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who hath babbling? who hath wounds without cause? who hath redness of eyes? They that tarry long at the wine, they that go to seek mixed wine. Look not thou upon the wine when it is red, when it giveth his colour in the cup, when it moveth itself aright: at the last it biteth like a serpent, and stingeth like an ailder.
On Industry and Sloth.
Go to the ant, thou sluggard ; consider her ways, and be wise: which having no guide, overseer, or ruler, provideth her meat in the summer, and gathereth her food in the harvest. How long wilt thou sleep, O sluggard? when wilt thou arise out of thy sleep? Yet a little sleep, a little slumber, a little folding of the hands to sleep: so shall thy poverty come as one that travelleth, and thy want as an armed man.
The sluggard will not plow by reason of the cold; therefore shall he beg in harvest, and have nothing. The soul of the sluggard desireth, and hath nothing: but the soul of the diligent shall be made fat. Slothfulness casteth into a deep sleep; and an
idle soul shall suffer hunger. Asthe door turneth upon his hinges, so doth the slothful upon his bed. The slothful hideth his hand in his bosom; it grieveth him to bring it again to his mouth. The hand of the diligent shall bear rule: but the slothful shall be under tribute. Love not sleep, lest thou come to poverty : open
and thou shalt be satisfied with bread. I went by the field of the slothful, and by the vineyard of the man void of understanding; and, lo, it was all grown over with thorns, and nettles had covered the face thereof, and the stone wall thereof was broken down. Then I saw, and considered it well; I looked upon it, and received instruction.
MORAL SENTENCES, MAXIMS, &c,
Sweet language will multiply friends: and a fair speaking tongue will increase kind greetings.
The furnace proveth the potter's vessels ; so the trial of man is in his reasoning.
The fruit declareth if the tree have been dressed; so is the utterance of a conceit in the heart of man.
Honour and shame is in talk : and the tongue of man is his fall.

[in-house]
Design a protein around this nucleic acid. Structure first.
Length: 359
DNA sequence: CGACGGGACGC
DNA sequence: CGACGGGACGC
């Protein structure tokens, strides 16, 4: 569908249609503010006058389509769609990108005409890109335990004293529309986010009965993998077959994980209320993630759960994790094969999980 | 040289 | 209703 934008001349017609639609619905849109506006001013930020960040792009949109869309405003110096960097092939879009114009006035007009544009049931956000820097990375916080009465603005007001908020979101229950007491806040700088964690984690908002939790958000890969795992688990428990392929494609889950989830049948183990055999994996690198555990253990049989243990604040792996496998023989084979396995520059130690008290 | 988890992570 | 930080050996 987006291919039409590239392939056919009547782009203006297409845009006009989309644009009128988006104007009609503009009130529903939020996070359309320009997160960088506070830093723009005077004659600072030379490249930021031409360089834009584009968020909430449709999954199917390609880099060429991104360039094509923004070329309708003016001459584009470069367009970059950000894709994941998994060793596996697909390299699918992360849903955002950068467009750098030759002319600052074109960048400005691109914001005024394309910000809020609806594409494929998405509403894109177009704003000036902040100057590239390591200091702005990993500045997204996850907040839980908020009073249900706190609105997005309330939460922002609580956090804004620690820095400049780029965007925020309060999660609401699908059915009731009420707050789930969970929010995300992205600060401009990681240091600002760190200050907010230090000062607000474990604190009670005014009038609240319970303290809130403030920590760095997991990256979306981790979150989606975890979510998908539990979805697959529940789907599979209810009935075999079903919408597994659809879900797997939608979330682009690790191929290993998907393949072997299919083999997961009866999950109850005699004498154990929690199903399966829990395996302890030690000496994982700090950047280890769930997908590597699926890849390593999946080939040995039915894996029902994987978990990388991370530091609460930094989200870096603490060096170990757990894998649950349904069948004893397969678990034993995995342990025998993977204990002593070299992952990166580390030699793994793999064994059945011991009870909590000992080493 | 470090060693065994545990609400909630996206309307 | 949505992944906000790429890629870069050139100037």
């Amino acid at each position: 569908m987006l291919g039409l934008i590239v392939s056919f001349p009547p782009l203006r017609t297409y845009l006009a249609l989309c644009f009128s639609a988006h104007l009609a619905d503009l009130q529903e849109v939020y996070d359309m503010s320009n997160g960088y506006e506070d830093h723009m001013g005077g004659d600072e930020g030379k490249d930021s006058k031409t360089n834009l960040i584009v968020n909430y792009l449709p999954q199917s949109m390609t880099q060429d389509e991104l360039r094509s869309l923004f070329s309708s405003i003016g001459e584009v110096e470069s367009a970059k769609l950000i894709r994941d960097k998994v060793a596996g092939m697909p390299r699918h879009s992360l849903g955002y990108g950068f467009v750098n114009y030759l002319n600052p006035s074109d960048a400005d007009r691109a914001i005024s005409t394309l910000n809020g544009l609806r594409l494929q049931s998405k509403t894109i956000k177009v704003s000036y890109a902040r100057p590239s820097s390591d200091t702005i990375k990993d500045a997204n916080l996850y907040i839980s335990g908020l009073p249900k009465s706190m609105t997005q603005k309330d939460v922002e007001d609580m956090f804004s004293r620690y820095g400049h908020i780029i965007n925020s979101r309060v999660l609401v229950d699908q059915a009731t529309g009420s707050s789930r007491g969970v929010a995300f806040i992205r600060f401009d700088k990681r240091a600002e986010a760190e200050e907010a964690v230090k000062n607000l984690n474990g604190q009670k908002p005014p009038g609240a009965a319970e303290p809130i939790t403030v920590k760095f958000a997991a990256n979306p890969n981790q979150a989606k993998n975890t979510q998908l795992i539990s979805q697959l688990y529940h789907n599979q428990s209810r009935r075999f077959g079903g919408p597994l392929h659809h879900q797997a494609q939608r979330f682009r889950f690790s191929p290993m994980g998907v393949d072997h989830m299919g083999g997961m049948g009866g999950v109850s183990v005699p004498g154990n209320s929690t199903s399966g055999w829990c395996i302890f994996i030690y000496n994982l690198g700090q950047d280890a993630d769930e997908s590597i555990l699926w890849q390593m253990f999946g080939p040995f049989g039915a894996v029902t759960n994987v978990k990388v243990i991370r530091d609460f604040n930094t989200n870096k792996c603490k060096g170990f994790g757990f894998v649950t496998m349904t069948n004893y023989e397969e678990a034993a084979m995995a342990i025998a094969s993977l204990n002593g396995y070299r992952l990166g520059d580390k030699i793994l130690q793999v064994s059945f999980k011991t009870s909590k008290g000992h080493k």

For the hand of the artificer the work shall be commended : and the wise ruler of the people for his speech.
He that can rule his tongue shall live without strife; and he that hateth babbling shall have less evil.
The lips of talkers will be telling such things as pertain not unto them: but the words of such as have understanding are weighed in the balance.
The heart of fools is in their mouth : but the mouth of the wise is in their heart,
To slip upon a pavement is better than to slip with the tongue: so the fall of the wicked shall come speedily.
There is one that keepeth silence, and is found wise : and another by much babbling becometh hateful.
Some man holdeth his tongue, because he hath not to answer: and some keepeth silence, kuowa ing his time,
There is that destroyeth his own soul through bashfulness, and by accepting of persons overthroweth himself.
There is that for bashfulness promiseth to his friend, and maketh him his enemy for nothing.
A patient man will bear for a time, and afterward joy shall spring up unto him.
He will hide his words for a time, and the lips of many
shall declare his wisdom. Well is him that hath found prudence, and he that speaketh in the ears of them that will hear.
A sinful man will not be reproved, but findeth an excuse according to his will.
If a skilful man hear a wise word he will commend it, and add unto it : but as soon as one of no understanding heareth it, it displeaseth him, and he casteth it behind his back.
There is å wicked man that hangeth down his head sadly ; but inwardly he is full of deceit,
Casting down his countenance, and making as if he heard not: where he is not known, he will do thee a mischief before thou be aware.
And if for want of power he be hindered from sinning, yet when he findeth opportunity he will do evil.
All flesh consorteth according to kind, and a man will cleave to his like.
What fellowship hath the wolf with the lamb? so the sinner with the godly.
Learning is unto a wise man as an ornament of gold, and like a bracelet upon his right arm.
Wisdom that is hid, and treasure that is hoarded
up, what profit is in them both?
Children and the building of a city continue a man's name : but a blameless wife is counted above them both.
The father awaketh for the daughter, when no man knoweth; and the care for her taketh away sleep : when she is young, lest she pass away the flower of her age; and being married, lest she should be hated.
A tale out of season is as music in mourning; but stripes and correction of wisdom are never out of time.,
Bountifulness is a most fruitful garden, and mercifulness endureth for ever.
To labour, and to be content with that a man